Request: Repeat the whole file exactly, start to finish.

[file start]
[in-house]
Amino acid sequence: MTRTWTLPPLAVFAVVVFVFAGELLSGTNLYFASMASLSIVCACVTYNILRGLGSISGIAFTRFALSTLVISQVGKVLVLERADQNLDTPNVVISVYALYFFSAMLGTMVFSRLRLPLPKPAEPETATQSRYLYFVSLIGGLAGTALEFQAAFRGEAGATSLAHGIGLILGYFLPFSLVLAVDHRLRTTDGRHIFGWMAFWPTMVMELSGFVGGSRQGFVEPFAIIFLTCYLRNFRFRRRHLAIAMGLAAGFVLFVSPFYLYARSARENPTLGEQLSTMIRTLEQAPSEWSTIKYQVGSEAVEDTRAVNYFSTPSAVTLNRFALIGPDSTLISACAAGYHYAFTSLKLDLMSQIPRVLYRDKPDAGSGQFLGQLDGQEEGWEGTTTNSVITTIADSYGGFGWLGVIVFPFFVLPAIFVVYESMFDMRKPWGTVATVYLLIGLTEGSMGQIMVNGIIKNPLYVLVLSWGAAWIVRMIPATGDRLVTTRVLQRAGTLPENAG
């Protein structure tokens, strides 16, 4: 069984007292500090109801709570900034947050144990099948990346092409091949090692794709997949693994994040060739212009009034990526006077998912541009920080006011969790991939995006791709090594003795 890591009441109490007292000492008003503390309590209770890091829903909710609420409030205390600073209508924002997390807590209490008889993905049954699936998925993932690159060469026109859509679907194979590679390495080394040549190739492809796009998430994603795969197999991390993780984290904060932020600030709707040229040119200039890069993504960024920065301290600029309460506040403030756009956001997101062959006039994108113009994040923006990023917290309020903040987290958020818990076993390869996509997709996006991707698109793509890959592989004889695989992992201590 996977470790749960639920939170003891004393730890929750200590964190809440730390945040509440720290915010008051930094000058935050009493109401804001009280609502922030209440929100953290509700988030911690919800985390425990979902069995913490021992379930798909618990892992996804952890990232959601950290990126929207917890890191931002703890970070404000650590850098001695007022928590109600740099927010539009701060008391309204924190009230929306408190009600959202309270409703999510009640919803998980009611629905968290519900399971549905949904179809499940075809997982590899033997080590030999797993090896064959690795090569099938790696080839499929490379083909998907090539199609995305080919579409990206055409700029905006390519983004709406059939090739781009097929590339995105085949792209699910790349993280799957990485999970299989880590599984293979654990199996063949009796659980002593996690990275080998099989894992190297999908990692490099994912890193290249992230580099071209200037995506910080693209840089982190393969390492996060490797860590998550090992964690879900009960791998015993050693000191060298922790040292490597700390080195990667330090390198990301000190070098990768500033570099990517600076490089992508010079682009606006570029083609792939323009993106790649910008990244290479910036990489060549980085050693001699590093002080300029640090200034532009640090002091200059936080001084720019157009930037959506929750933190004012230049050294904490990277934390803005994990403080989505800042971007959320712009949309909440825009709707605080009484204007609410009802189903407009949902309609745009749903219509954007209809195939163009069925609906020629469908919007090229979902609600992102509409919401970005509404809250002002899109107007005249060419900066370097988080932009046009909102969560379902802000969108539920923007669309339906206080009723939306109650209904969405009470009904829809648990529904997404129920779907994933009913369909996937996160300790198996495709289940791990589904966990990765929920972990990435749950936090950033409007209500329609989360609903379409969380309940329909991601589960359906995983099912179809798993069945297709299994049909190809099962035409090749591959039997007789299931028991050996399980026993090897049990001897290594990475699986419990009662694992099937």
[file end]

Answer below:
[in-house]
Amino acid sequence: MTRTWTLPPLAVFAVVVFVFAGELLSGTNLYFASMASLSIVCACVTYNILRGLGSISGIAFTRFALSTLVISQVGKVLVLERADQNLDTPNVVISVYALYFFSAMLGTMVFSRLRLPLPKPAEPETATQSRYLYFVSLIGGLAGTALEFQAAFRGEAGATSLAHGIGLILGYFLPFSLVLAVDHRLRTTDGRHIFGWMAFWPTMVMELSGFVGGSRQGFVEPFAIIFLTCYLRNFRFRRRHLAIAMGLAAGFVLFVSPFYLYARSARENPTLGEQLSTMIRTLEQAPSEWSTIKYQVGSEAVEDTRAVNYFSTPSAVTLNRFALIGPDSTLISACAAGYHYAFTSLKLDLMSQIPRVLYRDKPDAGSGQFLGQLDGQEEGWEGTTTNSVITTIADSYGGFGWLGVIVFPFFVLPAIFVVYESMFDMRKPWGTVATVYLLIGLTEGSMGQIMVNGIIKNPLYVLVLSWGAAWIVRMIPATGDRLVTTRVLQRAGTLPENAG
């Protein structure tokens, strides 16, 4: 069984007292500090109801709570900034947050144990099948990346092409091949090692794709997949693994994040060739212009009034990526006077998912541009920080006011969790991939995006791709090594003795 890591009441109490007292000492008003503390309590209770890091829903909710609420409030205390600073209508924002997390807590209490008889993905049954699936998925993932690159060469026109859509679907194979590679390495080394040549190739492809796009998430994603795969197999991390993780984290904060932020600030709707040229040119200039890069993504960024920065301290600029309460506040403030756009956001997101062959006039994108113009994040923006990023917290309020903040987290958020818990076993390869996509997709996006991707698109793509890959592989004889695989992992201590 996977470790749960639920939170003891004393730890929750200590964190809440730390945040509440720290915010008051930094000058935050009493109401804001009280609502922030209440929100953290509700988030911690919800985390425990979902069995913490021992379930798909618990892992996804952890990232959601950290990126929207917890890191931002703890970070404000650590850098001695007022928590109600740099927010539009701060008391309204924190009230929306408190009600959202309270409703999510009640919803998980009611629905968290519900399971549905949904179809499940075809997982590899033997080590030999797993090896064959690795090569099938790696080839499929490379083909998907090539199609995305080919579409990206055409700029905006390519983004709406059939090739781009097929590339995105085949792209699910790349993280799957990485999970299989880590599984293979654990199996063949009796659980002593996690990275080998099989894992190297999908990692490099994912890193290249992230580099071209200037995506910080693209840089982190393969390492996060490797860590998550090992964690879900009960791998015993050693000191060298922790040292490597700390080195990667330090390198990301000190070098990768500033570099990517600076490089992508010079682009606006570029083609792939323009993106790649910008990244290479910036990489060549980085050693001699590093002080300029640090200034532009640090002091200059936080001084720019157009930037959506929750933190004012230049050294904490990277934390803005994990403080989505800042971007959320712009949309909440825009709707605080009484204007609410009802189903407009949902309609745009749903219509954007209809195939163009069925609906020629469908919007090229979902609600992102509409919401970005509404809250002002899109107007005249060419900066370097988080932009046009909102969560379902802000969108539920923007669309339906206080009723939306109650209904969405009470009904829809648990529904997404129920779907994933009913369909996937996160300790198996495709289940791990589904966990990765929920972990990435749950936090950033409007209500329609989360609903379409969380309940329909991601589960359906995983099912179809798993069945297709299994049909190809099962035409090749591959039997007789299931028991050996399980026993090897049990001897290594990475699986419990009662694992099937």